Dear President Buhari,
Let me tell you about the recent death of a compatriot of ours in the prime of his life.
On Sunday November 15th, Citizen Augustine went to an evening meeting in Asaba. He never returned home. After four days, a search party found his body at the morgue of the Federal Medical Centre. He had been pulled up on Monday morning from the bottom of a manhole on Dennis Osadebey Way.
Now, I must say something about those manholes: they are located on pedestrian walkways and ninety-four of them have neither concrete slabs, metal grates, nor wooden battens. They are open, as they have been since the ‘completion’ of the road a few years ago. From these photos taken on 13th January, 2016, it is easy to see how Citizen Augustine fell to his death that night on a road booby-trapped with man-eating manholes. We can also imagine his ‘road accident’, his sudden six-foot drop from family life as husband and father of seven children into a premature grave dug by his own taxes. We can imagine his fatal injuries, and his lonely vigil, until he died at dawn.
I have a reputation for fiction, but sadly, this is a true story. All over Nigeria, the homicidal state of public projects and services point to kickbacks and a criminal dereliction that allows contractors to deliver short of specifications, or not at all. Doctors are forced to ‘lie’ on death certificates, whereas the true cause of the premature death of their patient is corruption. Citizen Augustine did not die in a ‘road accident’. He was killed by corruption, at the hands of those who signed off on homicidal infrastructure for private gain. Across Nigerian roads we find thousands of carcasses of cars and trucks wrecked by the ditches excavated on our roads by some twenty-thousand-odd abandoned federal contracts. These accident sites, ultimately traceable to corruption, are the burial grounds of the dreams of thousands of families and they earn Nigeria the highest road traffic death rate in the world.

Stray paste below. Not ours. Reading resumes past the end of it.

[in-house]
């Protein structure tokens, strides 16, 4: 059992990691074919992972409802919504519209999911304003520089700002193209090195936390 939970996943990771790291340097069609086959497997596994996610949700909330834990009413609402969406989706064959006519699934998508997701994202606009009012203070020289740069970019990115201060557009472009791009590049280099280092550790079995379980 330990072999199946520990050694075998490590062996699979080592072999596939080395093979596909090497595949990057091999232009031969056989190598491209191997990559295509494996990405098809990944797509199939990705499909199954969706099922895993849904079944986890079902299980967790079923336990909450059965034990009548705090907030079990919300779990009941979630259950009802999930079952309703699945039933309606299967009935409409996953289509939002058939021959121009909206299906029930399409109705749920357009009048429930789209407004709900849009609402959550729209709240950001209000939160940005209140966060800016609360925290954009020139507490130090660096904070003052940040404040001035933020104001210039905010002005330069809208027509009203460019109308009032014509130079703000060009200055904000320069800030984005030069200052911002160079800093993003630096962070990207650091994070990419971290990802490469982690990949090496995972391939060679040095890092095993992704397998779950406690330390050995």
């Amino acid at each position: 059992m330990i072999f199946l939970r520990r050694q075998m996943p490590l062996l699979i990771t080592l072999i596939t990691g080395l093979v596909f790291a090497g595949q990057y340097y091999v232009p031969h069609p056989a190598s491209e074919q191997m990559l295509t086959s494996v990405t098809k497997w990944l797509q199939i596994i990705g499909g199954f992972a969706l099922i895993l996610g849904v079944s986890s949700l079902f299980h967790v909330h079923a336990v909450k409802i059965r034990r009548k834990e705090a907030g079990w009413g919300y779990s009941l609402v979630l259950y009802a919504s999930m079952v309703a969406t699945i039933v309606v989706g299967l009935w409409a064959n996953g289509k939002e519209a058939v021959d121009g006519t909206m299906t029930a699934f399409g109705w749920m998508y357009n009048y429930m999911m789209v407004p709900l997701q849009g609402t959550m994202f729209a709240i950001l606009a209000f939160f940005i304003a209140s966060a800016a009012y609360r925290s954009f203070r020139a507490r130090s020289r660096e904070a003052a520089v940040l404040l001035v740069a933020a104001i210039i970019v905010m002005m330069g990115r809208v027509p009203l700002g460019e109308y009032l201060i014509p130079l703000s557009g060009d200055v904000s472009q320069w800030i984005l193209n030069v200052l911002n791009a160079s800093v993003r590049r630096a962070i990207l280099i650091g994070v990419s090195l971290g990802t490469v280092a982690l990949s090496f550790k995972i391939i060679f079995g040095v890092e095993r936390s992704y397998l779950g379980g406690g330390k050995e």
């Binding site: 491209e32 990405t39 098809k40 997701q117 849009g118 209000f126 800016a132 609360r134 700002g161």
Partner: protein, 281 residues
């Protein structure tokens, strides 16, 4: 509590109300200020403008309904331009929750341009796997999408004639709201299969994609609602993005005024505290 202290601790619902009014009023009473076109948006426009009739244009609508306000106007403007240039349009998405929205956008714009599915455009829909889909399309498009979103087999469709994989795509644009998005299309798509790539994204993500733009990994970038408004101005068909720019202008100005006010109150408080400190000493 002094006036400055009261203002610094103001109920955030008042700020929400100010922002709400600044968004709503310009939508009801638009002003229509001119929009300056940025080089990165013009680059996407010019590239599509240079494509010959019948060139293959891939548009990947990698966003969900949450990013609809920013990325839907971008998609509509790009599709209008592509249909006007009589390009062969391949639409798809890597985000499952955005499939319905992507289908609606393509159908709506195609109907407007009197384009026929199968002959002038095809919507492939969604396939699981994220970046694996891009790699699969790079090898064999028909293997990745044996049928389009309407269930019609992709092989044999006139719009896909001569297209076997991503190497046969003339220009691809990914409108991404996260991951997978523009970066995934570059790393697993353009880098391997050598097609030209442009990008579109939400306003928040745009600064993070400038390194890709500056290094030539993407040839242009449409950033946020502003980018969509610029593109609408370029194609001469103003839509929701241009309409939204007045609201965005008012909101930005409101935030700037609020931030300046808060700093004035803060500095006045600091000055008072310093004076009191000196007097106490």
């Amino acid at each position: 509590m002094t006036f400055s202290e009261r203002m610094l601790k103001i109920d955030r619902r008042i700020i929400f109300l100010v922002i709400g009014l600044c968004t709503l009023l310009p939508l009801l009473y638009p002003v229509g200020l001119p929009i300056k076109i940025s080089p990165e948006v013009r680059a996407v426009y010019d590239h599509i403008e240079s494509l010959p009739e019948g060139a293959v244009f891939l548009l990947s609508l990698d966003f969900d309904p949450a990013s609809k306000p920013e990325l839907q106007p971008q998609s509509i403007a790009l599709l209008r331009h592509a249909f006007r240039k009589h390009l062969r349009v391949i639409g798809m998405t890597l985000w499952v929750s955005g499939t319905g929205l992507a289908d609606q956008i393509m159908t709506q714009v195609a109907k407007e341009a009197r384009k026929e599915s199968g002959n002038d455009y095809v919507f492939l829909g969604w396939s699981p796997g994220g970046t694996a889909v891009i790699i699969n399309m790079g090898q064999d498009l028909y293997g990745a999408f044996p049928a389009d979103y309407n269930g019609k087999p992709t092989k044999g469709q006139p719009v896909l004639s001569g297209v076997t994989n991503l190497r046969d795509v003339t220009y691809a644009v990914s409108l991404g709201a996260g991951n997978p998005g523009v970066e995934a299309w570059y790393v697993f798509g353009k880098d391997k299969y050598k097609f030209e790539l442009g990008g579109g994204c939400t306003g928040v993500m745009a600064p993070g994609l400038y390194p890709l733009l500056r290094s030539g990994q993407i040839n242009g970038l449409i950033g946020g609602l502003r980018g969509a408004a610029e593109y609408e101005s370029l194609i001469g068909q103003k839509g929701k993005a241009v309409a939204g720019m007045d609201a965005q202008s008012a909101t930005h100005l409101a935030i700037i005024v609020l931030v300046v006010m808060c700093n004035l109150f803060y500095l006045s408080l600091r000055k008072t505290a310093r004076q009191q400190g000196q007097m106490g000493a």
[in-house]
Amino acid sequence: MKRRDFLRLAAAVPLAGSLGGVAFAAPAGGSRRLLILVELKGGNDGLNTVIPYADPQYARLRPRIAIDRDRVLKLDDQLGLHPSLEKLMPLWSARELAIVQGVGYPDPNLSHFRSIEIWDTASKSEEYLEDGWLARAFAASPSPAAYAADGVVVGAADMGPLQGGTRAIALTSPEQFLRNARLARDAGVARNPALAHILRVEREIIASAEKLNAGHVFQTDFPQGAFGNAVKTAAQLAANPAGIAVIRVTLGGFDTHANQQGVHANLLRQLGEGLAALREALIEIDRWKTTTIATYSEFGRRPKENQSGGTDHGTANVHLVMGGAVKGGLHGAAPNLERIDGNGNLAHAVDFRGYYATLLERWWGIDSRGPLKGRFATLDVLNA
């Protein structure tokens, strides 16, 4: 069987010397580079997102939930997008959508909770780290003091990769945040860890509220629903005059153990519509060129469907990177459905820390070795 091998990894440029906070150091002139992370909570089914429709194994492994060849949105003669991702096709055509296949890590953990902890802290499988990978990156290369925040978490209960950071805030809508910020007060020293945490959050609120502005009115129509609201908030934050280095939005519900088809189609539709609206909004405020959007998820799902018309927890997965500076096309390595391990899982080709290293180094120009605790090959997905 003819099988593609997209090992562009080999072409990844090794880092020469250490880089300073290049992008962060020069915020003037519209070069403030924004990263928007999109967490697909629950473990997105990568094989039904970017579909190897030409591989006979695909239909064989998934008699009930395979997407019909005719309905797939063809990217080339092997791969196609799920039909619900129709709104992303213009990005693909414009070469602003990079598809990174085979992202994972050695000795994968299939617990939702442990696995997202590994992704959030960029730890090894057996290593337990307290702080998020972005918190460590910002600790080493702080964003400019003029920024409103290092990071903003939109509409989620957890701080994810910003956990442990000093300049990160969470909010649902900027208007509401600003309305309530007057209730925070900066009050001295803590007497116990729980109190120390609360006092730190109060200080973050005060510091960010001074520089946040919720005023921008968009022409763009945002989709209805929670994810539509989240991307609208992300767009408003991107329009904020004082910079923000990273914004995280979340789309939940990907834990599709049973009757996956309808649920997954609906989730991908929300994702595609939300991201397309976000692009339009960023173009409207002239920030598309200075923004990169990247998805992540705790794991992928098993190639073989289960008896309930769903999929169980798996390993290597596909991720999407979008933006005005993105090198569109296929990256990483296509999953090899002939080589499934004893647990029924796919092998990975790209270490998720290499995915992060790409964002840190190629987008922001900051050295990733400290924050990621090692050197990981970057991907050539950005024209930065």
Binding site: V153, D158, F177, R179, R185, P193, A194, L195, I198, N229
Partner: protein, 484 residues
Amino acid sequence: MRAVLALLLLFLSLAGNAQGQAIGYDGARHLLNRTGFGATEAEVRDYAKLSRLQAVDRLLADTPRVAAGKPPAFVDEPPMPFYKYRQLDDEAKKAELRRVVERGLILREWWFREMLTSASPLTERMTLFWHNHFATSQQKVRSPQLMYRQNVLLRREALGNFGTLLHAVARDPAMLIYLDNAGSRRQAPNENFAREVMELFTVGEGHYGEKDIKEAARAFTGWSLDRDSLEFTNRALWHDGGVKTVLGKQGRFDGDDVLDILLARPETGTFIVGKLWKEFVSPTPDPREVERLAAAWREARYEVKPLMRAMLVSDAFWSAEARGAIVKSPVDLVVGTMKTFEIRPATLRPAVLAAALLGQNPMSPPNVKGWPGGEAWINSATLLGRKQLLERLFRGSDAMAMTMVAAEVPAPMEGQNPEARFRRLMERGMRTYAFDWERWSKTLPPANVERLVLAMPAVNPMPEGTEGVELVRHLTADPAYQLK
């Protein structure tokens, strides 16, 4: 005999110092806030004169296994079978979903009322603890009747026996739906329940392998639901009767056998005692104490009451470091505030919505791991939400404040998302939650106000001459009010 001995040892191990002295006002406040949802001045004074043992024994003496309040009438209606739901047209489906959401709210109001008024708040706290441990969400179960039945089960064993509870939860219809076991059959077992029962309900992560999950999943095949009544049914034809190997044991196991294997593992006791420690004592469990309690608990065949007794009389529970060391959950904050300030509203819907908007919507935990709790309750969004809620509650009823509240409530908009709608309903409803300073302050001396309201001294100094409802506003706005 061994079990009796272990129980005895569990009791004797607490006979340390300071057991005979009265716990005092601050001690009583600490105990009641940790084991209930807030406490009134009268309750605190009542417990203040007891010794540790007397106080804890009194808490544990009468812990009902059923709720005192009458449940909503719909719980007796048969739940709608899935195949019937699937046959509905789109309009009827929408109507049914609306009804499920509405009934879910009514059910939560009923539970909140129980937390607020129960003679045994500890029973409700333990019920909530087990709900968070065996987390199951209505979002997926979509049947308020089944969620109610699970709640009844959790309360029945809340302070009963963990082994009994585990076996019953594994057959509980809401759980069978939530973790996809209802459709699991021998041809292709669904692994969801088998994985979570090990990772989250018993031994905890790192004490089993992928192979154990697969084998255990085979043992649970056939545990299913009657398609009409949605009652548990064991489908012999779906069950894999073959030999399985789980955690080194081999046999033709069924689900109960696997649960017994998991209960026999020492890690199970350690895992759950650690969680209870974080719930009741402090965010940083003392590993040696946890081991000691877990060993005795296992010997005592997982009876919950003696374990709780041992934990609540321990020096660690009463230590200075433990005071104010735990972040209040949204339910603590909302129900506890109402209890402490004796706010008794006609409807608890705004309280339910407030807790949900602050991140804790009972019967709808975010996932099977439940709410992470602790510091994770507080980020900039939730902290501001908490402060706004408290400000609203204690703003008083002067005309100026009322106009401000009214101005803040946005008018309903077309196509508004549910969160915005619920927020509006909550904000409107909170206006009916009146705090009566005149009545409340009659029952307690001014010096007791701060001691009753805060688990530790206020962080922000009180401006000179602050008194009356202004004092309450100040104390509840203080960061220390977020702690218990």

Dear Mr. President, let me pause to commend your government’s focus on corruption, infrastructure and the economy. If you are successful you will earn a secure berth in history.
Some may take satisfaction from the ongoing prosecution and recovery of loot from corrupt politicians and bureaucrats, including the former National Security Adviser and his co-conspirators. As a young, idealistic, lawyer during your first term as Commander-in-Chief between 1983 and 1985 I both experienced, and applauded, that anti-corruption strategy. Yet, your tenure in the ’80s was followed by the most frenetic looting in the history of Nigeria, so that your recoveries were relooted, your prosecutions upturned, and your tenure amounted to nothing more than the detoxification of a glutton about to begin a major binge.